If obesity trends continue, by 2030 nearly half of all Americans will be obese, say authors of a report published in The Lancet (2011; 378, 815–25). The researchers used a “simulation model” to predict health and economic outcomes associated with growing waistlines in the United States and the United Kingdom. “These trends project 65 million more obese adults in the U.S. and 11 million more obese adults in the U.K. by 2030, consequently accruing an additional 6–8.5 million cases of diabetes, 5.7–7.3 million cases of heart disease and stroke, 492,000–669,000 additional cases of cancer, and 26–55 million quality-adjusted life years forgone for the U.S. and U.K. combined,” the authors reported. Further, they estimated that treatment for preventable diseases will increase by $48 billion–$65 billion per year in the United States and £1.9 billion–£2 billion in the United Kingdom. The authors urge that these staggering estimates be used to spur increased awareness and focus on prevention measures. “A systematic understanding of the potential morbidity and cost implications of specified hypothetical changes in body mass index trajectories, driven by policy changes or otherwise, is crucial for formation of effective and cost-effective strategies, establishment of research and funding priorities, and creation of the political will to address the obesity epidemic.”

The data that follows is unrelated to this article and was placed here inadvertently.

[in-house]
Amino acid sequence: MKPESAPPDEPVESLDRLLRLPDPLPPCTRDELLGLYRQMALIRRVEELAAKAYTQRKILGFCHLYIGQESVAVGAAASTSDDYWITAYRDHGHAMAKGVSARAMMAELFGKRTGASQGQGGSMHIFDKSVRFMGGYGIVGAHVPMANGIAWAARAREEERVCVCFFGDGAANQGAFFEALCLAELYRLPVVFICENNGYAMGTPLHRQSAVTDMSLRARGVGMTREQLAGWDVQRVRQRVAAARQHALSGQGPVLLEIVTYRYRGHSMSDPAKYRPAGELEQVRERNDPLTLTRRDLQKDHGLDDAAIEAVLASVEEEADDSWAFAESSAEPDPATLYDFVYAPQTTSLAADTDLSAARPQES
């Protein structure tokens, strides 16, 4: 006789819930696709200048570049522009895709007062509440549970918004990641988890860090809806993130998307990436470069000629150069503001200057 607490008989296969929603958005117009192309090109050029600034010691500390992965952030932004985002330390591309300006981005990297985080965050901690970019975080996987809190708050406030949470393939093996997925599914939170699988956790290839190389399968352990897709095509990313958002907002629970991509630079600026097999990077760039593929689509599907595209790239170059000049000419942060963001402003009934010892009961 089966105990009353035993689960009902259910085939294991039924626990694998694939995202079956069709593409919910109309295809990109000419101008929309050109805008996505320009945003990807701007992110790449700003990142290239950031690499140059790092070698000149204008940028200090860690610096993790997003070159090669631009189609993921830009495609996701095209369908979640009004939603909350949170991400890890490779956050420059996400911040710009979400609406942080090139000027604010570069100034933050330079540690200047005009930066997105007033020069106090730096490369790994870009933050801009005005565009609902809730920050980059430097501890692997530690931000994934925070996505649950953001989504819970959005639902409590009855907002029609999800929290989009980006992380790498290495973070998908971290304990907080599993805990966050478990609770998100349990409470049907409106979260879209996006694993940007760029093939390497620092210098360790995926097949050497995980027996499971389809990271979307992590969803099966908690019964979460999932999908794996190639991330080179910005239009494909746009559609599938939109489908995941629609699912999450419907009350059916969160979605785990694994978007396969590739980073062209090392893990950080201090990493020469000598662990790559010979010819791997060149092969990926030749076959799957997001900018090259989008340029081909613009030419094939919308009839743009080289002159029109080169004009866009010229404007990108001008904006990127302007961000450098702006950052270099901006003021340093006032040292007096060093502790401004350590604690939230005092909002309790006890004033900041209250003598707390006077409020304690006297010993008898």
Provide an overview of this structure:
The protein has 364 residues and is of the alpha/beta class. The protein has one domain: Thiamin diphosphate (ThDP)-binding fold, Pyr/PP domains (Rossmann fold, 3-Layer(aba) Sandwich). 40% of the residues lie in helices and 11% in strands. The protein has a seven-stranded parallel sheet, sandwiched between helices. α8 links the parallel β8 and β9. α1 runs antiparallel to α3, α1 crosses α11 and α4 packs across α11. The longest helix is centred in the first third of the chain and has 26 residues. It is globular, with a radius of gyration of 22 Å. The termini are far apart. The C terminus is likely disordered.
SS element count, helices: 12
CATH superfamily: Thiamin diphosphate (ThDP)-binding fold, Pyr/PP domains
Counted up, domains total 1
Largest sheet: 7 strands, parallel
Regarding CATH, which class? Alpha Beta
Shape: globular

The “Health and Economic Burden of the Projected Industry Trends in the USA and UK” report can be read in its entirety at www.thelancet.com.
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